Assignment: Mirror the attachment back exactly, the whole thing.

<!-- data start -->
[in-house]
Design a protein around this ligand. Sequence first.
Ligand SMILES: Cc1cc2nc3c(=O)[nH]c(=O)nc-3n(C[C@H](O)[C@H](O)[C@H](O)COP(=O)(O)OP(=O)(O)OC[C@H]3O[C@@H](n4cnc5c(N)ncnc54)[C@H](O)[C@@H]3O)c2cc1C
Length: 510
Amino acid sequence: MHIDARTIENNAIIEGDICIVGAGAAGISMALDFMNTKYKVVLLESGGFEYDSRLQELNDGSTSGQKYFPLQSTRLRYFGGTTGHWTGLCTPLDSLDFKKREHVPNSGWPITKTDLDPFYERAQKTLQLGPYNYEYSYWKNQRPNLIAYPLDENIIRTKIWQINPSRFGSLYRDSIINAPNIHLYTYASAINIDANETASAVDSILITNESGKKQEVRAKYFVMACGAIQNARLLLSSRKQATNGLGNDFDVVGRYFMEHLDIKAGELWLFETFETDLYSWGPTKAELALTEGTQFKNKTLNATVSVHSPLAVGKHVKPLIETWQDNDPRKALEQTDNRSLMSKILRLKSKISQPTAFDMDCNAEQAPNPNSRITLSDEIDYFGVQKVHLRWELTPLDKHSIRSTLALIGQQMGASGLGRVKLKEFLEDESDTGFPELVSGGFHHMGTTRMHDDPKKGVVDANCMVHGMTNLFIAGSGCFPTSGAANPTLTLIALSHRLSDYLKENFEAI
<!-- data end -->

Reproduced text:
[in-house]
Design a protein around this ligand. Sequence first.
Ligand SMILES: Cc1cc2nc3c(=O)[nH]c(=O)nc-3n(C[C@H](O)[C@H](O)[C@H](O)COP(=O)(O)OP(=O)(O)OC[C@H]3O[C@@H](n4cnc5c(N)ncnc54)[C@H](O)[C@@H]3O)c2cc1C
Length: 510
Amino acid sequence: MHIDARTIENNAIIEGDICIVGAGAAGISMALDFMNTKYKVVLLESGGFEYDSRLQELNDGSTSGQKYFPLQSTRLRYFGGTTGHWTGLCTPLDSLDFKKREHVPNSGWPITKTDLDPFYERAQKTLQLGPYNYEYSYWKNQRPNLIAYPLDENIIRTKIWQINPSRFGSLYRDSIINAPNIHLYTYASAINIDANETASAVDSILITNESGKKQEVRAKYFVMACGAIQNARLLLSSRKQATNGLGNDFDVVGRYFMEHLDIKAGELWLFETFETDLYSWGPTKAELALTEGTQFKNKTLNATVSVHSPLAVGKHVKPLIETWQDNDPRKALEQTDNRSLMSKILRLKSKISQPTAFDMDCNAEQAPNPNSRITLSDEIDYFGVQKVHLRWELTPLDKHSIRSTLALIGQQMGASGLGRVKLKEFLEDESDTGFPELVSGGFHHMGTTRMHDDPKKGVVDANCMVHGMTNLFIAGSGCFPTSGAANPTLTLIALSHRLSDYLKENFEAI